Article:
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Caitlin MacNeal

Caitlin MacNeal is a News Writer based in Washington, D.C. Before joining TPM, Caitlin interned and wrote for the Huffington Post, the Sunlight Foundation and Slate. She is a graduate of Georgetown University.

Articles by Caitlin

Donald Trump's son, Donald Trump Jr., lamented on Monday that his opinion is "discredited" as a billionaire's son.

"Now, listen, in this country I’m the son of a billionaire, I can’t even have an opinion anymore," he said on Breitbart News Daily, according to audio published by Buzzfeed News. "I could be Albert Einstein and they would discredit me as a horrible scientist. It doesn’t matter."

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Former President Bill Clinton began his remarks at a rally for Hillary Clinton on Monday by lamenting that he has to watch his words more now that he's campaigning for his wife.

"The hotter this election gets, the more I wish I were just a former president and just for a few months not the spouse of the next one because, you know, I have to be careful what I say," he said at the rally in New Hampshire.

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Ammon Bundy, the leader of the occupation at an federal wildlife refuge in Oregon, released a new statement from jail through his lawyers on Monday.

In the statement recorded on Saturday and published on YouTube by his lawyers on Monday, Bundy called on state lawmakers to visit their constituents in prison and protect their rights to free speech from the federal government.

"This is a call to action for any elected representative in Idaho, Nevada, Oregon, Wyoming, Utah, Arizona, the State of Washington, and Ohio. You have constituents in federal custody. Please visit and contact them to voice your support for free speech, the right to assemble, and civil disobedience," Bundy said in the statement. "It is your duty to hold federal agencies at bay, protecting the people in your state," he continued in his statement to state officials.

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Sen. Ted Cruz's (R-TX) campaign has sent out a mailer that says on the envelope that there is a "check enclosed," but the document inside asks for a donation with a fake check made out to the Cruz campaign, the Huffington Post reported on Sunday.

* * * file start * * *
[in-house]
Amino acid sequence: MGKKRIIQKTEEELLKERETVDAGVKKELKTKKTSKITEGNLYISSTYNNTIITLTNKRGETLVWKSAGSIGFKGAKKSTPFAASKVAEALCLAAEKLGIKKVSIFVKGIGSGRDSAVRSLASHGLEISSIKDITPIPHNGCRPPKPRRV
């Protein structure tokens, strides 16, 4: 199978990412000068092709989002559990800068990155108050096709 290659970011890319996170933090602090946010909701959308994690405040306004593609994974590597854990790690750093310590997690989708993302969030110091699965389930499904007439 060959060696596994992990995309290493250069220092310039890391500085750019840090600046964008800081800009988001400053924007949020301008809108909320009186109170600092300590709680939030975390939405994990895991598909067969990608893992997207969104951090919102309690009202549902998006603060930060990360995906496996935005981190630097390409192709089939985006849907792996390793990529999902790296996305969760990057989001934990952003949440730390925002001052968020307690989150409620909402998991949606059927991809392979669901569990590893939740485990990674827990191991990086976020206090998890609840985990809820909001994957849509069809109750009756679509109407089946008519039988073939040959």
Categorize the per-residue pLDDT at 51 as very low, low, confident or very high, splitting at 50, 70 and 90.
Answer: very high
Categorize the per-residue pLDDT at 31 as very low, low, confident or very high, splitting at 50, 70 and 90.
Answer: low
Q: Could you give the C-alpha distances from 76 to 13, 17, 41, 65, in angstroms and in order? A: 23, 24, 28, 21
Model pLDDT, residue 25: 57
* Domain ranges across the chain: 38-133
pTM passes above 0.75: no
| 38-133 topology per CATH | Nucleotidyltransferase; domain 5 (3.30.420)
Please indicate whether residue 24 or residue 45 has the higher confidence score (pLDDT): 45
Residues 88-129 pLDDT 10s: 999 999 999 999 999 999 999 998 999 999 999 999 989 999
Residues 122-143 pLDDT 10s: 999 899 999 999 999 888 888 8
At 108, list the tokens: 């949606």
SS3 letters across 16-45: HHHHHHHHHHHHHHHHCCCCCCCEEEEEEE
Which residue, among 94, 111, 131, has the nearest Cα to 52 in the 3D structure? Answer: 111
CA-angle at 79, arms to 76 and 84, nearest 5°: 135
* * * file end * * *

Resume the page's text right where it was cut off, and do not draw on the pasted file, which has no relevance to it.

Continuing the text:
The return address on the envelope says it came from "U.S. Senator Ted Cruz" in a font that looks official. Below his name on the envelope in smaller text, the envelope reads, "Personal business" and "Not printed or mailed at taxpayer expense."

The mailer includes a fake check made out to "Cruz for President," and a letter says that a "group of generous supporters" will match any contribution made to the campaign.

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The Iowa Democratic Party on Sunday released updated results from the Iowa caucus, showing Hillary Clinton still narrowly winning the state, after results from five precincts were corrected.

Following the corrections, Clinton lost 0.122 state delegate equivalents, Sen. Bernie Sanders gained 0.1053 state delegate equivalents, and former Maryland Gov. Martin O'Malley gained 0.0167 state delegate equivalents.

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Donald Trump continues to lead the Republican presidential pack in New Hampshire by a wide margin, but Sen. Marco Rubio's surge to second place nearly disappeared in a tracking poll released by the University of Massachusetts Lowell on Monday.

Trump leads his competitors by 21 points, earning 34 percent support from likely Republican primary voters. The real estate mogul's support in the tracking poll has dropped 4 percentage points since the beginning of last week.

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While campaigning for Hillary Clinton in New Hampshire on Sunday, Bill Clinton slammed Sen. Bernie Sanders' (I-VT) focus on big banks and the economy throughout the presidential race.

"Hillary's opponent has a different view," Clinton said without mentioning Sanders' name, according to the Huffington Post. "It's a hermetically sealed box. It's very effective. The system is rigged against you by the big banks, and both parties are in the thrall of the big banks. Anybody who takes money from Goldman Sachs couldn't possibly be president."

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After Sen. Ted Cruz (R-TX) touted his victory in the Iowa caucuses during the Saturday night Republican presidential debate, Donald Trump quipped that Cruz only won the state by spreading rumors about Ben Carson.

"That's because he got Ben Carson's votes, by the way, but we won't say that," Trump said, referencing the Cruz' campaign's attempts to persuade Iowa caucusgoers to vote for Cruz by telling them that Carson was suspending his campaign.

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When explaining his criticism of President Obama's speech this week at a Maryland mosque during Saturday night's Republican debate, Sen. Marco Rubio (R-FL) worked in a claim that the Obama administration is discriminating against Christian groups.

Rubio criticized Obama for claiming that there is "widespread discrimination against Muslim Americans" before later mentioning discrimination against Christians.

The Florida senator referenced the Little Sisters of the Poor, who have sued the federal government over the Affordable Care Act's requirement that employers offer health plans that cover contraceptives.

"I do believe it is important to recognize -- you want to talk about religious discrimination in America. I don't think Barack Obama's being sued by any Islamic groups, but he is being sued by the Little Sisters of the Poor," Rubio said.

He added that there are Christians with "traditional values" who face discrimination as the government forces them to "violate their conscience."

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